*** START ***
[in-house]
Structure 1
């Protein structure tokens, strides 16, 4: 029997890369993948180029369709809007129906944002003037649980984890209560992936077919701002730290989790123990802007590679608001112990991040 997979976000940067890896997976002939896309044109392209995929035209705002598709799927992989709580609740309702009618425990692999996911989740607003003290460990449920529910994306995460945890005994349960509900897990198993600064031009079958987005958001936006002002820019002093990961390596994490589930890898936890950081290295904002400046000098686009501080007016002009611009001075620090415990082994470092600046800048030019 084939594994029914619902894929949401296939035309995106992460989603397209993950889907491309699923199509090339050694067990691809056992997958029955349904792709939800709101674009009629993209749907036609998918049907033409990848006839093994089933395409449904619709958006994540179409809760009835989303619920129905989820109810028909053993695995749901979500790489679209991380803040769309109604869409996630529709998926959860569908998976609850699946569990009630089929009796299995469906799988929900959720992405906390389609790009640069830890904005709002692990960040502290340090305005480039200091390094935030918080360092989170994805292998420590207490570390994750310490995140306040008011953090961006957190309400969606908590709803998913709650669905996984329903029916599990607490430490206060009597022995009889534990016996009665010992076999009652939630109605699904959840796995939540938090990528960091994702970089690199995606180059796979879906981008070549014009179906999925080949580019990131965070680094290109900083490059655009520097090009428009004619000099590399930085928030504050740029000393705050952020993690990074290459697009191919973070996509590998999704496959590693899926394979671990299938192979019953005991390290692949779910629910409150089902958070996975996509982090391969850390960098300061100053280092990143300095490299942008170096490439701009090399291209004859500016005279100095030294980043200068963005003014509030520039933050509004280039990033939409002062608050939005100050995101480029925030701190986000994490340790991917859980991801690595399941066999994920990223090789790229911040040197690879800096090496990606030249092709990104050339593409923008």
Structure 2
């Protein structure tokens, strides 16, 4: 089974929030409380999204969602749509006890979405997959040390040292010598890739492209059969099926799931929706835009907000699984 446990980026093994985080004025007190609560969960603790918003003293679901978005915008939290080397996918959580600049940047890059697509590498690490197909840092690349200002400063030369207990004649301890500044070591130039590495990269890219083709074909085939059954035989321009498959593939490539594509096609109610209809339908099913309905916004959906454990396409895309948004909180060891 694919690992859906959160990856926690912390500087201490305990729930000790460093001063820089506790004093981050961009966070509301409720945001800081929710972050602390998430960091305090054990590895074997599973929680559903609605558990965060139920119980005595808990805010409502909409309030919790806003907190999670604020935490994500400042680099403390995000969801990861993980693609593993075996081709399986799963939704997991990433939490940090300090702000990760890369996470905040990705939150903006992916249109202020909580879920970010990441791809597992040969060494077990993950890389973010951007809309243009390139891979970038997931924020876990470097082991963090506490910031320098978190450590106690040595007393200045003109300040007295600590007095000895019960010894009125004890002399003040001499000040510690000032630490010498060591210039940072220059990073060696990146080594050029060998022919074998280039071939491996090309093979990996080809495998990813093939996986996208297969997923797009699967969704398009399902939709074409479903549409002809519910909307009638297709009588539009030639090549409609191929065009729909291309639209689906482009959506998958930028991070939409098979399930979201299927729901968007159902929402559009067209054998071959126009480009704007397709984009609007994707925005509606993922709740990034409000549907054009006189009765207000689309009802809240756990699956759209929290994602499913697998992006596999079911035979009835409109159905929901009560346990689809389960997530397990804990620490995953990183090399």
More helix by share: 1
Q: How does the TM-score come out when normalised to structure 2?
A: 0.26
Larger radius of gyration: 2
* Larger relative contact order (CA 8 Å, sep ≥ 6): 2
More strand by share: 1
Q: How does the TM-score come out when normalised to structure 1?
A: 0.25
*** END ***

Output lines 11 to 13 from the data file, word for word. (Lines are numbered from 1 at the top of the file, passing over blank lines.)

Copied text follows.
More strand by share: 1
Q: How does the TM-score come out when normalised to structure 1?
A: 0.25